When superannuation started to become a significant industrial relations issue back in the 1980’s, there were many eyebrows raised and some strident opposition from the busi­ness and political communities.


One of the most vocal sources of concern was the financial sales and advisory sector, whose members made their living primarily by earning commissions on life insurance and super­annuation sales.

These people were naturally concerned that in­dustrial agreements not only delivered a wholesale product, without the need for intermediaries, but also included simple, low cost life insurance to a rapidly growing segment of the workforce.

Industry funds and wholesale master trusts were beginning to mushroom and were typically providing simple and cost-effective alternatives to the often complex and inequitable defined benefit schemes, as well as to the personal super plans of the then-life insur­ance industry. This was a threat to the livelihood of the members of the so-called Life Underwriters Association (later the Lifewriters Association).

I have always argued that, in reality, the spread of super throughout the workforce would turn out to be an opportunity for financial advisers, especially those who upgraded their skills in order to professionally advise on the greatly expanded retirement assets that would ultimately be gener­ated by the process.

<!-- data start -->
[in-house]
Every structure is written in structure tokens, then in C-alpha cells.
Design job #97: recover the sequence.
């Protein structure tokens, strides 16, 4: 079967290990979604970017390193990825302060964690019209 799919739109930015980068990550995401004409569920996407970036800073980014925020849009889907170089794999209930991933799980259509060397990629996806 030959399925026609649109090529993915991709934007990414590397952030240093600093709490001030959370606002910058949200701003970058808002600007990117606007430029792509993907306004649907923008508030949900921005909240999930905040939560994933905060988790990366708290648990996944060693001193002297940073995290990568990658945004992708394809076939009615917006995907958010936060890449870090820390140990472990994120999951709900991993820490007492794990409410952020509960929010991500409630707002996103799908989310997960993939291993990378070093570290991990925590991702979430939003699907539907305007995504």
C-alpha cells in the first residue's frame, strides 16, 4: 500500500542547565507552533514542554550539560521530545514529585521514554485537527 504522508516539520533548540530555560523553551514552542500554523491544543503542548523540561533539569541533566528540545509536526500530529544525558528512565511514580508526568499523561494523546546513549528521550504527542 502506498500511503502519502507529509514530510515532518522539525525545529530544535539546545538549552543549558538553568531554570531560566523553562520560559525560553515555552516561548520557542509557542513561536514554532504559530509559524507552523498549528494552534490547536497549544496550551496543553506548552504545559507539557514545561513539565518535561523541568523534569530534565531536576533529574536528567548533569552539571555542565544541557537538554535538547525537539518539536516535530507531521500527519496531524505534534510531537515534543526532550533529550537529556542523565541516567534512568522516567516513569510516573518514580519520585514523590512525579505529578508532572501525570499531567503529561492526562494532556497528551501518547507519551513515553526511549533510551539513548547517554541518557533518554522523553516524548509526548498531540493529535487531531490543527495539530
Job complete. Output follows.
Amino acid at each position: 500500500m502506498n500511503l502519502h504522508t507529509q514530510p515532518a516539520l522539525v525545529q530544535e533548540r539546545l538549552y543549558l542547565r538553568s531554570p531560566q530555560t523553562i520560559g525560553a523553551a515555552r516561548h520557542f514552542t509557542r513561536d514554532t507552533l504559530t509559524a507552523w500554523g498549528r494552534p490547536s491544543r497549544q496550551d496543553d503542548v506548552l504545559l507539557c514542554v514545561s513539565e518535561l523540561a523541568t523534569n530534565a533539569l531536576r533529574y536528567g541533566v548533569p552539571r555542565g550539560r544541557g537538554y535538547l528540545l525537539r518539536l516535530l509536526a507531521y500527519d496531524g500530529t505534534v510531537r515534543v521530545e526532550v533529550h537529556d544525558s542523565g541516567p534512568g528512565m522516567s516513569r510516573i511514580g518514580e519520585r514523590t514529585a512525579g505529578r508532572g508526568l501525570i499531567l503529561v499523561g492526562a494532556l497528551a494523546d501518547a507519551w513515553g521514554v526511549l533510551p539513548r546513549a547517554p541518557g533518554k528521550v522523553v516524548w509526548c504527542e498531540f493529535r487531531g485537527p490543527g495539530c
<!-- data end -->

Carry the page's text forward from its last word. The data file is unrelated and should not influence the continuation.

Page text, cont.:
And this has definitely turned out to be the case. With around $1.3 trillion superannuation assets in Australia at present, a large and rapidly growing sector of financial planners and personal accountants has emerged and is positioned to add real value to Australian retirees and other investors.

The only thing missing from this otherwise rosy picture is the emergence of a truly professional force of financial planners, fully distinguished from its product sales history.

True professions aspire to a high degree of public confidence, underwritten by strict ethical codes and supportive legislation. The delicate butterfly of professionalism can only emerge once it has left behind the security of the sales cocoon with its densely woven web of commissions.

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